Woo is also a team after Automattic’s own distributed heart: WooCommerce is created and supported by 55 people in 16 countries. Added to Automattic’s 325 people in 37 countries, that’s a combined 370-person company across 42 countries — the sun never sets.* I can’t wait to meet all my new colleagues.
Originally posted on Alfred Blog:
In this new series, we’ll be taking a look at how some users have adopted Alfred in their workplace. They’ll give us a glimpse of how they use Alfred, how they stay productive and what it’s like working for some of the companies we know and love.
Today, we begin the series in good company, with Ryan Cowles, who is a Happiness Engineer for Automattic, who you’ll also know best as the company behind WordPress.com. I’ve been using WordPress for over 10 years now, so it’s great fun to see people like Ryan are there to keep WordPress users happy!
Who are you, and what keeps you busy?
Hi there! I’m Ryan. I work for Automattic (the company behind WordPress.com, Jetpack, and a whole bunch of other cool stuff). I’m a Happiness Engineer, and most of the work that I do is supporting the Jetpack plugin. This involves answering support requests, beta testing…
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Although it might not seem like it from all of the pictures, meetups can be hard work. On my most recent meetup, we spent most of our time focused on workflow, efficiency, team goals, and discussion. But as usual, we managed to sneak some fun in as well…
Mid-week, we took a break from work and went tubing through an old sugarcane plantation with Kauai Backcountry Adventures. The tour started with a bumpy drive in an off-road vehicle that took us to our put-in. Along the way, we had a chance to see the beautiful scenery and snag a few photos. After a brief safety demonstration, we boarded our tubes and headed down river.
The tour took us through the former irrigation channels on the plantation. We passed through five tunnels – the longest of which was just under a mile long. The current varied from lazy river to mild rapids. In the last tunnel we all shutoff our headlamps, and drifted through in complete darkness. I fought the urge to turn my headlamp back on, and accepted the surreal feeling. And I’m glad that I did.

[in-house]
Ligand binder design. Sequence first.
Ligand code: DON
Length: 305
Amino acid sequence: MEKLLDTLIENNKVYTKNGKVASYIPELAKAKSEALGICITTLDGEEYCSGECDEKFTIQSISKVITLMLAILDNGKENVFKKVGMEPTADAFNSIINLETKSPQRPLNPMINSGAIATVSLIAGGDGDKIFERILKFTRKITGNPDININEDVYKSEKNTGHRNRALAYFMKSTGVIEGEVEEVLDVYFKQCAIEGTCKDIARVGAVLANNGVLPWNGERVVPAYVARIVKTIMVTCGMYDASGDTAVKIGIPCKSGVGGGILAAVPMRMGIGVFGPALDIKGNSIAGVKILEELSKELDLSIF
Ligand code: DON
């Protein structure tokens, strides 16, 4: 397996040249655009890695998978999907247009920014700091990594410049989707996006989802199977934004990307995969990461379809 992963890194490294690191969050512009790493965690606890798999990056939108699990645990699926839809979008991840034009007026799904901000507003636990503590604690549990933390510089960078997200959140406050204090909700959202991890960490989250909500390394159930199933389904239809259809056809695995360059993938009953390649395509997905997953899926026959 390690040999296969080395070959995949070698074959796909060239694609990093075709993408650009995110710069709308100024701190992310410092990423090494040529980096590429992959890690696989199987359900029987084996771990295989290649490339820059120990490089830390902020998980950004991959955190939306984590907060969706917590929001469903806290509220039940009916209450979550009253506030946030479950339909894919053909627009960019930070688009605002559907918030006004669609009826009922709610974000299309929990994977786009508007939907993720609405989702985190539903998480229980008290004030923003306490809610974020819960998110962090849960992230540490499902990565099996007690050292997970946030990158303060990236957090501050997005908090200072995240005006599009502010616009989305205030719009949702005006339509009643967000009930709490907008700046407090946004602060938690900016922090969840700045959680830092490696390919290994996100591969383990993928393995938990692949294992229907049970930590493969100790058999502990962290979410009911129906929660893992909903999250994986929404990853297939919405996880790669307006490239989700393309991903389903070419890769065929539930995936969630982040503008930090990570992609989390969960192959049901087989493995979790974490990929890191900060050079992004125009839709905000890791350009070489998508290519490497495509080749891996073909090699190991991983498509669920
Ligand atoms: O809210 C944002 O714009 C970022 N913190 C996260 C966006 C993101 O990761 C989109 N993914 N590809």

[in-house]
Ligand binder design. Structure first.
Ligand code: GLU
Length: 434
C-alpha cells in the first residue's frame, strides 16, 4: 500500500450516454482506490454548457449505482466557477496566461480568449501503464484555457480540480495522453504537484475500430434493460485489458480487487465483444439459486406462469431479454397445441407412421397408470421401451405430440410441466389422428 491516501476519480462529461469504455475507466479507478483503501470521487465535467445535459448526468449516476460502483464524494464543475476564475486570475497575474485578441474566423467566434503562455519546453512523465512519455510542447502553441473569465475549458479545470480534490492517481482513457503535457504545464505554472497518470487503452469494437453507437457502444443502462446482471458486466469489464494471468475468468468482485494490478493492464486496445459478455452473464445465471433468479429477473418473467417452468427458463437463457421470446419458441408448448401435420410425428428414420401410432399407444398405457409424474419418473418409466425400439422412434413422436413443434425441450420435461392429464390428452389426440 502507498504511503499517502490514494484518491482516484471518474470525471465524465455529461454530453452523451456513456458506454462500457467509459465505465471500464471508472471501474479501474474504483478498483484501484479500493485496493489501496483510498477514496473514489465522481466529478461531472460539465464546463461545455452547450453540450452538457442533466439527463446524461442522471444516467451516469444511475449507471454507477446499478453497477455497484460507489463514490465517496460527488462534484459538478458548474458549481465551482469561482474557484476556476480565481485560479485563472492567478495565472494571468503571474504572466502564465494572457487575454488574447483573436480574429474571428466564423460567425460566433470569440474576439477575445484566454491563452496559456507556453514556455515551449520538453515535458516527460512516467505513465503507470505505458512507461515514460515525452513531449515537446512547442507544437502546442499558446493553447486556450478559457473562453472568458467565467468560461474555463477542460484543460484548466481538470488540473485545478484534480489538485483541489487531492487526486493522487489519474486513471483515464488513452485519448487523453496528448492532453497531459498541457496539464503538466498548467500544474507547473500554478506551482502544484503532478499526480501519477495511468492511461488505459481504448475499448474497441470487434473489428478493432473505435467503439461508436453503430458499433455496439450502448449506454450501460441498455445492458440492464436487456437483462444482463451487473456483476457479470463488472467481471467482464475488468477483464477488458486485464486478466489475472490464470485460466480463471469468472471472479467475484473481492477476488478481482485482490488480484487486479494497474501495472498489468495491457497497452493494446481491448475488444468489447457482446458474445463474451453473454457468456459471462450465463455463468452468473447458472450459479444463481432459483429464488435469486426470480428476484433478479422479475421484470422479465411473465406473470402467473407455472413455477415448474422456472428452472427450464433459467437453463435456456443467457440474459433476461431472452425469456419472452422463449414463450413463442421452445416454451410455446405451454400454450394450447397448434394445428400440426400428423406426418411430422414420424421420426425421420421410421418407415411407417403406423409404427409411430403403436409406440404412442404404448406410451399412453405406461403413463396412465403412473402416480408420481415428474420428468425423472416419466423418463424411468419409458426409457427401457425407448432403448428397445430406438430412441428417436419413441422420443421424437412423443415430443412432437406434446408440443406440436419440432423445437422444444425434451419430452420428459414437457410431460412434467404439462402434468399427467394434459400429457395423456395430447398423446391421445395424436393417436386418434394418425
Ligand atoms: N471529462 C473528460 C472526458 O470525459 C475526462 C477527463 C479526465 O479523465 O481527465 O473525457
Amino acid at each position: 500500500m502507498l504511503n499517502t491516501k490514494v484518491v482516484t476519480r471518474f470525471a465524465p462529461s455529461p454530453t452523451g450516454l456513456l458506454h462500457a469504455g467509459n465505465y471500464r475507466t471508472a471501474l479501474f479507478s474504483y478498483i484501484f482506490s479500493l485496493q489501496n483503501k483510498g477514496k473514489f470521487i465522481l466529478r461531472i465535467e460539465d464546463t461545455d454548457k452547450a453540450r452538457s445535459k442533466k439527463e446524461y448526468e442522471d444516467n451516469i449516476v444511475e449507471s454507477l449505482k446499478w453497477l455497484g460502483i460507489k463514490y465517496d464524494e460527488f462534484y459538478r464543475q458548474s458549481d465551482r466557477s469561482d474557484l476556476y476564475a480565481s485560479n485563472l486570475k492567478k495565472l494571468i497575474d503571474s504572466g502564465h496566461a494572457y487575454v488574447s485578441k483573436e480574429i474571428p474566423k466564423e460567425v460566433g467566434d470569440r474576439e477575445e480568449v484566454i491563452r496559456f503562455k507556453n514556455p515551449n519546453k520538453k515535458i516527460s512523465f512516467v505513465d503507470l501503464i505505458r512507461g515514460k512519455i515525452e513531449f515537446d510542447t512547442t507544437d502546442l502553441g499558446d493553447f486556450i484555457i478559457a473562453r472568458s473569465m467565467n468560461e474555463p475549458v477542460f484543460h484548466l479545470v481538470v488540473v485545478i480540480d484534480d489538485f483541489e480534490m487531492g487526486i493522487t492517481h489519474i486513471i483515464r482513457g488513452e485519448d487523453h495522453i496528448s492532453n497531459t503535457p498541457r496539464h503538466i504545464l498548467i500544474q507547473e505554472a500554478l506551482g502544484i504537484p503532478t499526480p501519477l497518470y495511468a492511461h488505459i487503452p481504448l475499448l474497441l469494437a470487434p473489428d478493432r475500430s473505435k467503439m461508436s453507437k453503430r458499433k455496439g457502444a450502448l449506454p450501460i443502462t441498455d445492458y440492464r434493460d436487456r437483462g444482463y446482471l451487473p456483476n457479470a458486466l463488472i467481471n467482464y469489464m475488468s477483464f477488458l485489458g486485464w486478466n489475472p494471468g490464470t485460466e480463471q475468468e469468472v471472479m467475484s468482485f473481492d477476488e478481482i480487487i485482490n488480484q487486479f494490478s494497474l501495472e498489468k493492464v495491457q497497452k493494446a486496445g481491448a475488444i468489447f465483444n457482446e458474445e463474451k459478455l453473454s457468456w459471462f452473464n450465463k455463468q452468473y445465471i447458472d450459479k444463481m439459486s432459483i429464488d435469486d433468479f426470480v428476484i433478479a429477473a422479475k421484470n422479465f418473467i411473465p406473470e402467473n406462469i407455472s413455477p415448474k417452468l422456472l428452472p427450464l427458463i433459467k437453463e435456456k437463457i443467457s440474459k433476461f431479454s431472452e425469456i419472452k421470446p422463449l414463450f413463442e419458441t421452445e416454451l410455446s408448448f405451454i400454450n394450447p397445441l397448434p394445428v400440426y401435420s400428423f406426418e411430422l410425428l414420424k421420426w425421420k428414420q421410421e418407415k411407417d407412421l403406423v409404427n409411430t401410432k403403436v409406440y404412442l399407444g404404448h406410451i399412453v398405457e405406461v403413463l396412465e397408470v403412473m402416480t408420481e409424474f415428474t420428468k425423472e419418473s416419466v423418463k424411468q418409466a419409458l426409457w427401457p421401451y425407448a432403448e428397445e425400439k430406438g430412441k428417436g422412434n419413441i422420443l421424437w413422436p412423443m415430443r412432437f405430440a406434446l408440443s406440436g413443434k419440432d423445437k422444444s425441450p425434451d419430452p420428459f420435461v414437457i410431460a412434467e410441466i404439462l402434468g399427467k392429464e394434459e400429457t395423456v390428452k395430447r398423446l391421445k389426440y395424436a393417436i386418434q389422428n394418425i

I took my GoPro along, so I was able to take some pictures and video along the way. Even with the headlamps, it was still too dark in the tunnels for the GoPro to capture much. But you can check out some photos and a video below.
When I was younger, I was constantly sketching, drawing, and scribbling on things. As I got more into digital mediums and web development, I found myself doing this less and less. Then along came an iPad app called Paper. I began playing around with the app last year. Since then I’ve been drawing more often – both digitally and the old fashioned way, with a paper and pencil.
These past holidays, Alanna got me Pencil, which is a stylus specifically made for Paper. I don’t think anything can completely replace a physical sketchbook. But the combination of Paper and Pencil comes pretty close.
FiftyThree, the company behind the stylus and the app, recently created a community site called Mix. Mix allows you to share your own work and follow other artists. You can remix ideas that other people post, and they can remix yours. I’ve found that it’s a great way to find some inspiration and have some fun. You can find my profile here and you can see some of my sketches in the gallery below:
I’ve found that Paper is also great for quickly sketching ideas and wireframes. Here’s an example of a quick sketch that became the foundation for Just Write:
So, if you haven’t done so already, go check out Mix. And if you have a profile, let me know so I can give you a follow!
Alanna and I are playing host to a couple of friends from the East Coast this week. Yesterday, we all took a trip down to Long Beach, to visit the Queen Mary. After exploring the Observation Bar for awhile, we took a guided tour through the ship. The tour brought us to the second class pool, the engine room, and other “haunted” locations on board the ship. Most parts of the tour were too dark for photography. But I found a few flat surfaces, and attempted some multi-second long exposures.